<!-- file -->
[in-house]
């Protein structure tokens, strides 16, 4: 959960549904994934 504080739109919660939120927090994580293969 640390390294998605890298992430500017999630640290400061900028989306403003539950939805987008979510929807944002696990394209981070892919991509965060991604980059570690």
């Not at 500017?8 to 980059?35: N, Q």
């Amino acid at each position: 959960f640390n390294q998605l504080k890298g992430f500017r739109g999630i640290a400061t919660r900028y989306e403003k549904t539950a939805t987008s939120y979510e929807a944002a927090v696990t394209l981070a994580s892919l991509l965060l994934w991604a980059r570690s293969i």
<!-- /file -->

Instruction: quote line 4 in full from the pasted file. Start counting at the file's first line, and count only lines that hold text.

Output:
């Amino acid at each position: 959960f640390n390294q998605l504080k890298g992430f500017r739109g999630i640290a400061t919660r900028y989306e403003k549904t539950a939805t987008s939120y979510e929807a944002a927090v696990t394209l981070a994580s892919l991509l965060l994934w991604a980059r570690s293969i």